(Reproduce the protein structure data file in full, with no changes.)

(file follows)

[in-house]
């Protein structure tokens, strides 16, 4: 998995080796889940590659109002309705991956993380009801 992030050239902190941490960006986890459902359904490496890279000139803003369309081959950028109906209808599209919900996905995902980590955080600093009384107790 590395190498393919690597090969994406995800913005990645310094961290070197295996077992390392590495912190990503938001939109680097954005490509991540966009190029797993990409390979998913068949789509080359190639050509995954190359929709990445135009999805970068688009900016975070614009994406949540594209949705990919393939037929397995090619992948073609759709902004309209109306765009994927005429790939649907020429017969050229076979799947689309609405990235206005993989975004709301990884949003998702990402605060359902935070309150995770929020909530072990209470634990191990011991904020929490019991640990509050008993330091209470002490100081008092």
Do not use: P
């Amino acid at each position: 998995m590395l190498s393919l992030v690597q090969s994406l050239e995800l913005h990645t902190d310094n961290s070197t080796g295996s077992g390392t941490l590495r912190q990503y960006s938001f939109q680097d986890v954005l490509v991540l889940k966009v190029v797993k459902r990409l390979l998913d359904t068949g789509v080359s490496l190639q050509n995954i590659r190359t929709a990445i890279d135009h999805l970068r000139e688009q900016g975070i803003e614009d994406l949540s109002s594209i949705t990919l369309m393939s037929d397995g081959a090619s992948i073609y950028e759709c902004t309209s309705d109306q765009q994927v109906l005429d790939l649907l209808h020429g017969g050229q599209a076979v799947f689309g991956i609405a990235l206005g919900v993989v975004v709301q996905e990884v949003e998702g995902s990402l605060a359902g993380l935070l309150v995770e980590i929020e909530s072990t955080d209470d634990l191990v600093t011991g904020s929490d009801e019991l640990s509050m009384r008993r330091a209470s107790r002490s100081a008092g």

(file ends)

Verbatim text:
[in-house]
């Protein structure tokens, strides 16, 4: 998995080796889940590659109002309705991956993380009801 992030050239902190941490960006986890459902359904490496890279000139803003369309081959950028109906209808599209919900996905995902980590955080600093009384107790 590395190498393919690597090969994406995800913005990645310094961290070197295996077992390392590495912190990503938001939109680097954005490509991540966009190029797993990409390979998913068949789509080359190639050509995954190359929709990445135009999805970068688009900016975070614009994406949540594209949705990919393939037929397995090619992948073609759709902004309209109306765009994927005429790939649907020429017969050229076979799947689309609405990235206005993989975004709301990884949003998702990402605060359902935070309150995770929020909530072990209470634990191990011991904020929490019991640990509050008993330091209470002490100081008092």
Do not use: P
């Amino acid at each position: 998995m590395l190498s393919l992030v690597q090969s994406l050239e995800l913005h990645t902190d310094n961290s070197t080796g295996s077992g390392t941490l590495r912190q990503y960006s938001f939109q680097d986890v954005l490509v991540l889940k966009v190029v797993k459902r990409l390979l998913d359904t068949g789509v080359s490496l190639q050509n995954i590659r190359t929709a990445i890279d135009h999805l970068r000139e688009q900016g975070i803003e614009d994406l949540s109002s594209i949705t990919l369309m393939s037929d397995g081959a090619s992948i073609y950028e759709c902004t309209s309705d109306q765009q994927v109906l005429d790939l649907l209808h020429g017969g050229q599209a076979v799947f689309g991956i609405a990235l206005g919900v993989v975004v709301q996905e990884v949003e998702g995902s990402l605060a359902g993380l935070l309150v995770e980590i929020e909530s072990t955080d209470d634990l191990v600093t011991g904020s929490d009801e019991l640990s509050m009384r008993r330091a209470s107790r002490s100081a008092g």